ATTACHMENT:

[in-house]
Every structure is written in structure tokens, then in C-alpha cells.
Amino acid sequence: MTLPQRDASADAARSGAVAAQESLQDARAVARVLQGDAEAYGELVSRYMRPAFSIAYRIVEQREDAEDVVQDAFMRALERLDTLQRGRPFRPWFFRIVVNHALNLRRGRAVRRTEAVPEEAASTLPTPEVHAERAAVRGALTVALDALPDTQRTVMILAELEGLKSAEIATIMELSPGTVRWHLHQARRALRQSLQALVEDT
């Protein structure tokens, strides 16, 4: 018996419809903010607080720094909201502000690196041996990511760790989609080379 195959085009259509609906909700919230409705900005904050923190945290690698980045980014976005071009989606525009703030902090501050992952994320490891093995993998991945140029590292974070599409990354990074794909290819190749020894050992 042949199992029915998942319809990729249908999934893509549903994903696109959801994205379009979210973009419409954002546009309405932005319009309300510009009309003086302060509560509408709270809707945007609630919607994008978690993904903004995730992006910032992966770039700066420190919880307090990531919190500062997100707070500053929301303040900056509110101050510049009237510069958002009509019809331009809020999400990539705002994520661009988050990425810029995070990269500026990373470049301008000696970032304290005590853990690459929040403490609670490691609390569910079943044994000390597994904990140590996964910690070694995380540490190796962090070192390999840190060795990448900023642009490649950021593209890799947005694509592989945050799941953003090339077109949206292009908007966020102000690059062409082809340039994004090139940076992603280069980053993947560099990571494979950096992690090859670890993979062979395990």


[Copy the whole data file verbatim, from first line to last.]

[in-house]
Every structure is written in structure tokens, then in C-alpha cells.
Amino acid sequence: MTLPQRDASADAARSGAVAAQESLQDARAVARVLQGDAEAYGELVSRYMRPAFSIAYRIVEQREDAEDVVQDAFMRALERLDTLQRGRPFRPWFFRIVVNHALNLRRGRAVRRTEAVPEEAASTLPTPEVHAERAAVRGALTVALDALPDTQRTVMILAELEGLKSAEIATIMELSPGTVRWHLHQARRALRQSLQALVEDT
């Protein structure tokens, strides 16, 4: 018996419809903010607080720094909201502000690196041996990511760790989609080379 195959085009259509609906909700919230409705900005904050923190945290690698980045980014976005071009989606525009703030902090501050992952994320490891093995993998991945140029590292974070599409990354990074794909290819190749020894050992 042949199992029915998942319809990729249908999934893509549903994903696109959801994205379009979210973009419409954002546009309405932005319009309300510009009309003086302060509560509408709270809707945007609630919607994008978690993904903004995730992006910032992966770039700066420190919880307090990531919190500062997100707070500053929301303040900056509110101050510049009237510069958002009509019809331009809020999400990539705002994520661009988050990425810029995070990269500026990373470049301008000696970032304290005590853990690459929040403490609670490691609390569910079943044994000390597994904990140590996964910690070694995380540490190796962090070192390999840190060795990448900023642009490649950021593209890799947005694509592989945050799941953003090339077109949206292009908007966020102000690059062409082809340039994004090139940076992603280069980053993947560099990571494979950096992690090859670890993979062979395990």